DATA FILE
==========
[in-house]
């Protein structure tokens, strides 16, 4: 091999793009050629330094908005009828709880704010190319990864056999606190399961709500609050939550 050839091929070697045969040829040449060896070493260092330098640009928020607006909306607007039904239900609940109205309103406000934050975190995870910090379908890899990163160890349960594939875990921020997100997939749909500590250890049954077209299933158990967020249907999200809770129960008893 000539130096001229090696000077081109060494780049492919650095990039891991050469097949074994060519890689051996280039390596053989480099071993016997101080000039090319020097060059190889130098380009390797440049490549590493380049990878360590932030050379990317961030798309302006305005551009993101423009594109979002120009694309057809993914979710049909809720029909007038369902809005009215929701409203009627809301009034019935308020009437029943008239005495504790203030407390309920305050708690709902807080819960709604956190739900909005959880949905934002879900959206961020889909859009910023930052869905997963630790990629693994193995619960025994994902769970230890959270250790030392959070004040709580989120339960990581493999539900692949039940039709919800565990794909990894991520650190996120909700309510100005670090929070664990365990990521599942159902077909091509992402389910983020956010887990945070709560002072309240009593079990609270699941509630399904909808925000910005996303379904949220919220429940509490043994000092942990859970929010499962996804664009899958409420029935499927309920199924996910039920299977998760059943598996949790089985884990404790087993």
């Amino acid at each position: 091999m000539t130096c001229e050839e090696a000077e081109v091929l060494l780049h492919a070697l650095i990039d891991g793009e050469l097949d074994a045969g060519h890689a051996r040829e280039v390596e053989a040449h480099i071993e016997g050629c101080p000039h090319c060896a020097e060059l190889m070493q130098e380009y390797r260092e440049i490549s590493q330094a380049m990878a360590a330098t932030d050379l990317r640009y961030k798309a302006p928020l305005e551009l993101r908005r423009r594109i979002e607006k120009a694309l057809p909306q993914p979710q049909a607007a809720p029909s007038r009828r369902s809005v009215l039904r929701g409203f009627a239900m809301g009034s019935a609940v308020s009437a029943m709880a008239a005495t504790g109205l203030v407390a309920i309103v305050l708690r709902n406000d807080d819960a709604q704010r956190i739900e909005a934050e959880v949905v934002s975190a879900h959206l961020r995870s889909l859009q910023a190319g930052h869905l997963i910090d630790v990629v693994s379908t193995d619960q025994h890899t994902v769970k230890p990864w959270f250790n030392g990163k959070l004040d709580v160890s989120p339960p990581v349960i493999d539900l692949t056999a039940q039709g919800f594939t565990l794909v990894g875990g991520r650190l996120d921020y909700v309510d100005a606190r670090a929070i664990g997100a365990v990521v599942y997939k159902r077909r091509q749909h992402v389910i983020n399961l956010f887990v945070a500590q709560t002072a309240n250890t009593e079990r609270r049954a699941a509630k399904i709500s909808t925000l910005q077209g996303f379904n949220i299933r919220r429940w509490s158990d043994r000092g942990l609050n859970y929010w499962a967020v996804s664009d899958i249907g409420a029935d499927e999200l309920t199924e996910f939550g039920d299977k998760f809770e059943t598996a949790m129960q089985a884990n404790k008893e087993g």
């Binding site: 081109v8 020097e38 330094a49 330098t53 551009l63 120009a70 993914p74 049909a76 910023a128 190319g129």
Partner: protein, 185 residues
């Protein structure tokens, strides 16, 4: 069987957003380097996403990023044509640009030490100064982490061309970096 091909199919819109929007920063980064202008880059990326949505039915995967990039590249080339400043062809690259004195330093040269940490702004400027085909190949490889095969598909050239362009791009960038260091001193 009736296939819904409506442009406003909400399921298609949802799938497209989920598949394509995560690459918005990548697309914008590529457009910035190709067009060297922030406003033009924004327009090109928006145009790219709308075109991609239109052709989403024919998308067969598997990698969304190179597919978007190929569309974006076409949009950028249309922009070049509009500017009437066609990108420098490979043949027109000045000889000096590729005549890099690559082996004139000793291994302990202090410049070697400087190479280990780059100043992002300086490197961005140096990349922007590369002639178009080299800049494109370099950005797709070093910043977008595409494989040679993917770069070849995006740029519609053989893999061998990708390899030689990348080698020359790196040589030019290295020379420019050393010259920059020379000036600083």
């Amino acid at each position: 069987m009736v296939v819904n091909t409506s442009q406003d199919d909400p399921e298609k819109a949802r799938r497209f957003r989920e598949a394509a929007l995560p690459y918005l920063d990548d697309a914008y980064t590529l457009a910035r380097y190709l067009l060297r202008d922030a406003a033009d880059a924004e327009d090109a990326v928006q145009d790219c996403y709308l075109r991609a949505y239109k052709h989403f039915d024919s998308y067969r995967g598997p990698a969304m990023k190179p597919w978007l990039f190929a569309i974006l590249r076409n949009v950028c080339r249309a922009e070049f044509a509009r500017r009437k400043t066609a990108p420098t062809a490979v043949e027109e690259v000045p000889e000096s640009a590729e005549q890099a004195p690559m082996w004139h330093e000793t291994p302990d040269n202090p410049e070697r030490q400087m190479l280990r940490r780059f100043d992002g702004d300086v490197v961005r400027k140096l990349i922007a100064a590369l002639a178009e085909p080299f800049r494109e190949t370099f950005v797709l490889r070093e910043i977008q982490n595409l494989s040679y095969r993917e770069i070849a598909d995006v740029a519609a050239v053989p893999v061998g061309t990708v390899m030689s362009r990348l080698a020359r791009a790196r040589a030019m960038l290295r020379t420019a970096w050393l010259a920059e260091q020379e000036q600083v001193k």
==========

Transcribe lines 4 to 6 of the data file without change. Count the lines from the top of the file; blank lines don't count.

């Binding site: 081109v8 020097e38 330094a49 330098t53 551009l63 120009a70 993914p74 049909a76 910023a128 190319g129």
Partner: protein, 185 residues
């Protein structure tokens, strides 16, 4: 069987957003380097996403990023044509640009030490100064982490061309970096 091909199919819109929007920063980064202008880059990326949505039915995967990039590249080339400043062809690259004195330093040269940490702004400027085909190949490889095969598909050239362009791009960038260091001193 009736296939819904409506442009406003909400399921298609949802799938497209989920598949394509995560690459918005990548697309914008590529457009910035190709067009060297922030406003033009924004327009090109928006145009790219709308075109991609239109052709989403024919998308067969598997990698969304190179597919978007190929569309974006076409949009950028249309922009070049509009500017009437066609990108420098490979043949027109000045000889000096590729005549890099690559082996004139000793291994302990202090410049070697400087190479280990780059100043992002300086490197961005140096990349922007590369002639178009080299800049494109370099950005797709070093910043977008595409494989040679993917770069070849995006740029519609053989893999061998990708390899030689990348080698020359790196040589030019290295020379420019050393010259920059020379000036600083």